CLASSIC: The Fairlie Patent Double-bogie tank engine was used on the Queensland railways in 1876.
CLASSIC: The Fairlie Patent Double-bogie tank engine was used on the Queensland railways in 1876. Contributed

Times Past: Discovery was the spark coal industry needed

THE existence of coal on the banks of the Bremer River was discovered about 1837, although the first record of coal being found dated back to 1827.

Captain Patrick Logan, commandant of the Moreton Bay penal settlement, discovered lime on the Limestone Hills, as well as coal above and below the homestead station.

He also found lime on the banks of creeks dipping to the Bremer river and in the bed of the river itself.

In 1846 it was recorded that: "A seam of coal was opened at Redbank on the banks of the Brisbane River it was alleged, by John Williams.

This area had been previously discovered by both Alan Cunningham and Andrew Petrie, who found the coal extended over a large area of country all the way in the direction of Pine Mountain, about 12 miles north of Ipswich.

Some three years later the first detailed table of exports from Moreton Bay for the six months ending March 31, 1849 stated that 210 tonnes of coal at the value of 94 pounds 10 shillings was sent away.

Another coal mine on the western bank of the Bremer River just a short distance from Ipswich was also noted as having been opened by Messrs Reed and Boyland. Later this mine was subsequently known as Ferrets coal mine situated at Woodend.

One man who was employed by the New South Wales Government to report on the coal fields around Limestone (Ipswich) was Mr Samuel Stutchbury FGS who worked from 1853 until 1855 in the southern portions of what is now Queensland surveying a wide area reporting the many places where coal was evident.


"RED Gum" (T J Barker) recalled on 1913 having had a brief glance at a book of reminiscences published by David C McConnell entitled "Memories of Days Long gone by".

David McConnell her husband decided to visit Cressbrook a station he had established in the early 1840's near Toogoolawah and who had planted a Bunya tree which later became known as "grandfather's tree".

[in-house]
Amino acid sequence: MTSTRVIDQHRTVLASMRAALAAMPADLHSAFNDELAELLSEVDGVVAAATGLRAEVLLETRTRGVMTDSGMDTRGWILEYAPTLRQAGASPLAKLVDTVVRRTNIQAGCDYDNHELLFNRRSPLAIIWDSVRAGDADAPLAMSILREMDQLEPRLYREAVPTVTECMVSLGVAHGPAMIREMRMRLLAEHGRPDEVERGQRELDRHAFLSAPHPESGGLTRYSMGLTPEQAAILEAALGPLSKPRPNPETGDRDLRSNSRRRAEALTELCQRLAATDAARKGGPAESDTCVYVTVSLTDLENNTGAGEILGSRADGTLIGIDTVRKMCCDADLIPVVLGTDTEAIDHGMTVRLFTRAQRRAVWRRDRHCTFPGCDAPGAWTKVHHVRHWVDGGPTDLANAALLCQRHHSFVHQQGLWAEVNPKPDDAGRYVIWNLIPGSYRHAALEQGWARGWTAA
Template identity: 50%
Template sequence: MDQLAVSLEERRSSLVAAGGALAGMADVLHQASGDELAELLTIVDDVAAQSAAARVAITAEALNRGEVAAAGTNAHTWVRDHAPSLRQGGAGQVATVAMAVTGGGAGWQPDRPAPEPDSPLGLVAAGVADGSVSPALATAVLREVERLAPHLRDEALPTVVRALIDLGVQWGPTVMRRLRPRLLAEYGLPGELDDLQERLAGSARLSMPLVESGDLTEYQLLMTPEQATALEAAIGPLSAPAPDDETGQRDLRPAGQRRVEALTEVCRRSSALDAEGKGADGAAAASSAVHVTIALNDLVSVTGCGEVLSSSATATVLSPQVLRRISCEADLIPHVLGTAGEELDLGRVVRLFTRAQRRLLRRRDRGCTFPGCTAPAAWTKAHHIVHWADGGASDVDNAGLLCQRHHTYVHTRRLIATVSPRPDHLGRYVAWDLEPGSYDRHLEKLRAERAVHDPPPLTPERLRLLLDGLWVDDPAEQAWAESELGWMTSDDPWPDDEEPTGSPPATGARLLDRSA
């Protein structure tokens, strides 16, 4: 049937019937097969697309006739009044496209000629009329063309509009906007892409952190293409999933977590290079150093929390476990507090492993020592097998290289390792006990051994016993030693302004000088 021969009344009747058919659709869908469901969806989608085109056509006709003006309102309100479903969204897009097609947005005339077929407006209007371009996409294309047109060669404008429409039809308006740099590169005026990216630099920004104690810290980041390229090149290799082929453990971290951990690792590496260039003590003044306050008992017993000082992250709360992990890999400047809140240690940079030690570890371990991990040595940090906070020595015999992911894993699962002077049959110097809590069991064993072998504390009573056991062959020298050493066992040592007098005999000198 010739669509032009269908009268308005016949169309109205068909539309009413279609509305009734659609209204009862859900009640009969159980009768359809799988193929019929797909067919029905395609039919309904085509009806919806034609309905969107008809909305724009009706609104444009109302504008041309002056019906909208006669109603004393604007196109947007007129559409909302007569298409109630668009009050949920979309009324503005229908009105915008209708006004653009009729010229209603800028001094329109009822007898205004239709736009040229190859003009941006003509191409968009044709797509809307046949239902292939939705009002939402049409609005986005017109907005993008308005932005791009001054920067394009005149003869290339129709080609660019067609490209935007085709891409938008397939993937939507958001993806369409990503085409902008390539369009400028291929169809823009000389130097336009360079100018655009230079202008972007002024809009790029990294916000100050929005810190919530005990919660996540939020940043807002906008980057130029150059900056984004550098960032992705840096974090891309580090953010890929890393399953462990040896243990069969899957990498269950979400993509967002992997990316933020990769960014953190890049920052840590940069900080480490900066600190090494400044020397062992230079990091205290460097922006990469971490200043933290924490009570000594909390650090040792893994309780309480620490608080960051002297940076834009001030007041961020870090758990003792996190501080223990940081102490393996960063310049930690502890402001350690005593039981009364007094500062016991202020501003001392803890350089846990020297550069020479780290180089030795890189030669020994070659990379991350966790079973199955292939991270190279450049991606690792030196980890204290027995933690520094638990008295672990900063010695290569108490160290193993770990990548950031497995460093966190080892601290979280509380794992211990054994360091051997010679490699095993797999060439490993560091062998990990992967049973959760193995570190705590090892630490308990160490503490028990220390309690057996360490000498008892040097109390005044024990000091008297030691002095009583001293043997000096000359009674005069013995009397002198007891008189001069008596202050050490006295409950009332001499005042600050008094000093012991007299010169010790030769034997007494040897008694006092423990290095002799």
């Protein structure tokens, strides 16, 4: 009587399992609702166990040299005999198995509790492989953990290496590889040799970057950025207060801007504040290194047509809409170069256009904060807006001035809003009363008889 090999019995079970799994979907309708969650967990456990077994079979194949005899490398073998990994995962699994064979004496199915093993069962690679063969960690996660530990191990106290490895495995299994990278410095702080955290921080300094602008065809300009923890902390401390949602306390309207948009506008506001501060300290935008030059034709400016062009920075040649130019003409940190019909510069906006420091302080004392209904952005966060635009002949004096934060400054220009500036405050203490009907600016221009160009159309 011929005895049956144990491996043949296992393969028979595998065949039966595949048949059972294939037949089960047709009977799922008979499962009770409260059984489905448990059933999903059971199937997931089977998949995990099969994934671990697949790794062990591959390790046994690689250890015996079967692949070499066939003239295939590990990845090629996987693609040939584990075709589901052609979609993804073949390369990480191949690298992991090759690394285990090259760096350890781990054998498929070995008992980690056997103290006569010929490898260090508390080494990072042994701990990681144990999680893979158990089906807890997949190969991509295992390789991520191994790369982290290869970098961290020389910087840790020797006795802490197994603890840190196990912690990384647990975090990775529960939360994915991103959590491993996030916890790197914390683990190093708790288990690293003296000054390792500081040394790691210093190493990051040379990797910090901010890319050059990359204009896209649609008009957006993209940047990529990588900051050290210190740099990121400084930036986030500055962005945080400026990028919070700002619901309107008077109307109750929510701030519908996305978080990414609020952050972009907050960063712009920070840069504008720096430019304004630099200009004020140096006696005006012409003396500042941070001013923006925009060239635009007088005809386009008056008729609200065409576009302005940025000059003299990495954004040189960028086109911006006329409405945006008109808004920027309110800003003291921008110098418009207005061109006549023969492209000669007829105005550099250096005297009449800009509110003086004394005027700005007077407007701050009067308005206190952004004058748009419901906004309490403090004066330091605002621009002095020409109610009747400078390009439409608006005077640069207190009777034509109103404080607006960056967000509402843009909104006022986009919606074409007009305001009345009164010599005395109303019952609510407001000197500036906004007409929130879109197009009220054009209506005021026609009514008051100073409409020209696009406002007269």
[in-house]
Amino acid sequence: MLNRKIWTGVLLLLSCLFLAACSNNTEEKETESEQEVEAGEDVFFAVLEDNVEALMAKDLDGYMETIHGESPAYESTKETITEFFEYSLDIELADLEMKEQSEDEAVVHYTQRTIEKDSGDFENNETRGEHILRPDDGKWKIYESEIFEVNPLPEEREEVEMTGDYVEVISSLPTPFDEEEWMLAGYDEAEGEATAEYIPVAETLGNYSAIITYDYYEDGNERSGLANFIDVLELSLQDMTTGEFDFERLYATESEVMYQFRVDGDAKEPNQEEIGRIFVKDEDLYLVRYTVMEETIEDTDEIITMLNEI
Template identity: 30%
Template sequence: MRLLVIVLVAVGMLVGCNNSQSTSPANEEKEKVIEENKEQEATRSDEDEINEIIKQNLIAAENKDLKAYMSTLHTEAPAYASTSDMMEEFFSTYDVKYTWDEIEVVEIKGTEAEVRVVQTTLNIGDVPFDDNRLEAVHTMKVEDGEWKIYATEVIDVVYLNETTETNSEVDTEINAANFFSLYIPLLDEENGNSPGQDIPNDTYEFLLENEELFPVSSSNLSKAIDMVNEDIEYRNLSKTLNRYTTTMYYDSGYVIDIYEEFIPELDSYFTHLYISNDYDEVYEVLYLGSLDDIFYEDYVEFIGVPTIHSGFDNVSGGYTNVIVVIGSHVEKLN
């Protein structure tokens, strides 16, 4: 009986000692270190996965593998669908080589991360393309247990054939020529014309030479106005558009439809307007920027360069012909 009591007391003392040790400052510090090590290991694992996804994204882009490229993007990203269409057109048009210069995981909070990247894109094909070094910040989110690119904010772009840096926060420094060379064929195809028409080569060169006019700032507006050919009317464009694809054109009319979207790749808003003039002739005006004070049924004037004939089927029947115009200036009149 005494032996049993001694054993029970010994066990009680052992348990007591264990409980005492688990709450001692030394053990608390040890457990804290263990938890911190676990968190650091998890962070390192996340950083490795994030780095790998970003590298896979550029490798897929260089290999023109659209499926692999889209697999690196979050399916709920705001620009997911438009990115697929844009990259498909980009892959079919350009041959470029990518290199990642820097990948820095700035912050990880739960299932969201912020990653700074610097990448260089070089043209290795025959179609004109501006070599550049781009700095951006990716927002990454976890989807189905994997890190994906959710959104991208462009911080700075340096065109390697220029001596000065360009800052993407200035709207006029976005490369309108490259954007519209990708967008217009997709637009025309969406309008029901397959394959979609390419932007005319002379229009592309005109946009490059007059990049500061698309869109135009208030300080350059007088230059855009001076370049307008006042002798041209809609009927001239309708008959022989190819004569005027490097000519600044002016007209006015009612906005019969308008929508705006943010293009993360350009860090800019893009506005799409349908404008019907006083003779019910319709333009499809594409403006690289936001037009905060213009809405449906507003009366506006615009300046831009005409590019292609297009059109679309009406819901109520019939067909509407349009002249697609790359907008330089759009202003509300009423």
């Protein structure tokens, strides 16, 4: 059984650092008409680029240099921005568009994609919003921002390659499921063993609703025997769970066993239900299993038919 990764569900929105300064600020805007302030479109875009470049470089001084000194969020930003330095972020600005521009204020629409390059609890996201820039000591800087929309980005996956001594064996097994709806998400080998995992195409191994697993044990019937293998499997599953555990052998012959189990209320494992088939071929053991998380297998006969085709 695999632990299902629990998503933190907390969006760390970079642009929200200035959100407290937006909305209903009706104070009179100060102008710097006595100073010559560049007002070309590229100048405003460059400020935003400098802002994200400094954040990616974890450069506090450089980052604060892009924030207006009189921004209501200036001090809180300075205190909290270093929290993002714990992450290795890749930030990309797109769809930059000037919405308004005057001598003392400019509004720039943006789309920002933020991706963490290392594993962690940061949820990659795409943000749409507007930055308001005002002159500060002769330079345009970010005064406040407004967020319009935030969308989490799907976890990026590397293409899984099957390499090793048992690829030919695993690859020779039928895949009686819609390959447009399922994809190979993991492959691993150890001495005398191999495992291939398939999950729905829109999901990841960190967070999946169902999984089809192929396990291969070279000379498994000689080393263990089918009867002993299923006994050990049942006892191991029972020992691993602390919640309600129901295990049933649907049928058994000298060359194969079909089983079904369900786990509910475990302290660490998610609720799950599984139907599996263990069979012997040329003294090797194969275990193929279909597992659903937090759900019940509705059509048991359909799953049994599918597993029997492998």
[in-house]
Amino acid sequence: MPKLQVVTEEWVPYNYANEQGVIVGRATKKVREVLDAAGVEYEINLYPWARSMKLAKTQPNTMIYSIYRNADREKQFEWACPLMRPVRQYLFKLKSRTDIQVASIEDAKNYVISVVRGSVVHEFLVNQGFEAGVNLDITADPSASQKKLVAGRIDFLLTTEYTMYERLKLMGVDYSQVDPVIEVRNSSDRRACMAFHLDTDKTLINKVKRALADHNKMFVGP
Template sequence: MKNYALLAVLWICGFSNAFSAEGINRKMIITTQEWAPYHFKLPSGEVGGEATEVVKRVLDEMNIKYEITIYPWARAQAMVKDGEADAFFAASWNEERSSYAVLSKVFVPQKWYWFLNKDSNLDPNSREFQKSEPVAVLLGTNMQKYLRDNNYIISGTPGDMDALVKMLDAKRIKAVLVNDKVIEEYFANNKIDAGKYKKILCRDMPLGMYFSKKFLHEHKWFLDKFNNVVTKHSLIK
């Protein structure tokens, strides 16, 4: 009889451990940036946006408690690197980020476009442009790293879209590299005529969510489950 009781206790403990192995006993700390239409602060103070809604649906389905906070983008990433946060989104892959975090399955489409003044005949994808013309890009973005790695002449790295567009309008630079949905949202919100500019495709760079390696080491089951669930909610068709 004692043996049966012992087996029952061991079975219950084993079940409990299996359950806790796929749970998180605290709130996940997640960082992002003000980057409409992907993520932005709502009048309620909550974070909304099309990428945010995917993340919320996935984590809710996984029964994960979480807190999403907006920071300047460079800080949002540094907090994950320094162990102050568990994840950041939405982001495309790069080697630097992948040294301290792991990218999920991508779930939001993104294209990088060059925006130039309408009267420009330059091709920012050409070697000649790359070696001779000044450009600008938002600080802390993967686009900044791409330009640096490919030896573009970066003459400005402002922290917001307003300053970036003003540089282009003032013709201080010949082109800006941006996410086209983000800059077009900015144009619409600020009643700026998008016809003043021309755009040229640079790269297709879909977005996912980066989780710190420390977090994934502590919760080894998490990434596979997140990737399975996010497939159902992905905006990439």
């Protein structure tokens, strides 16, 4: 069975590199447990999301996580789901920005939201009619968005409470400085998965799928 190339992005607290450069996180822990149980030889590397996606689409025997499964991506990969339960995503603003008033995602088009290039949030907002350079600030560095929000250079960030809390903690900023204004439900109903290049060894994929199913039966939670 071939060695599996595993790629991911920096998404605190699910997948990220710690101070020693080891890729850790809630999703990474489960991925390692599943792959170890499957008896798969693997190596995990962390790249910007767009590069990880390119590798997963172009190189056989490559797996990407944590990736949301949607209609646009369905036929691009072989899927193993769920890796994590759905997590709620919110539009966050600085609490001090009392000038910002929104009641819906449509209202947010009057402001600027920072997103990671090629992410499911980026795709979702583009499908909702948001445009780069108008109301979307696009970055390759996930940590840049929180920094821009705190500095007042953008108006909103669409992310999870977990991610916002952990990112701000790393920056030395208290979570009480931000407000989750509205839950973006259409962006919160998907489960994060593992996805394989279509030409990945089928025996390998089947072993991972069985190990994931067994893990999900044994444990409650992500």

Mrs McConnell in describing the journey said they had passed through Ipswich and that when approaching Cressbrook they were met by the "Super" (manager) Appin Cameron a big burly Scotchman, who, with the men gave the group a great cheer and a hearty welcome and insisted on drawing their carriage to the house themselves.

This was Mrs McConnell's first appearance at Cressbrook as Mr McConnell's wife they having been married prior to the departure of the ship "Chasely from the old country.


Mr Henry Horniblow probably had the longest connection with the new railway in Queensland of any person, as it was on June 28, 1864 that he was engaged in London by Sir Charles Fox for work in Queensland. He commenced his association with the first railway built in Queensland on November 5, 1864.

Mr Horniblow as born and educated in England and he decided to pursue his inclination for the engineering profession.

When he arrived in Queensland no section of the railway had been opened and he assisted to erect the first engines used to ballast the section of rail line between Ipswich and Grandchester which was opened some 8 months later.

In November 1869 Mr Horniblow was appointed locomotive foreman at Toowoomba, but returned to Ipswich as foreman 8 years later. Then by 1876 he was promoted to the position of locomotive superintendent of the Southern and Western division.

Mr Horniblow in 1883 was appointed Locomotive Engineer of all Queensland Railways and transferred to Brisbane. During his time there practically all the rolling stock and locomotives were built from drawings and specifications prepared under his supervision. He held this position until 1899 when a new position was granted and Mr Horniblow became Chief Mechanical Engineer.

His death was recorded as being in February 1910.


An advertisement by the Department of Public Instruction Orphanage Office Brisbane in 1886 read "the Orphanage Department invites applications from saddlers, tailors, shoemakers, blacksmith and other tradesmen in country town for boys 12 years and over to be instructed as apprentices under the provision of "The Orphanages Act of 1879".

The notice as signed by Charles C Horrocks, Inspector of Orphanages.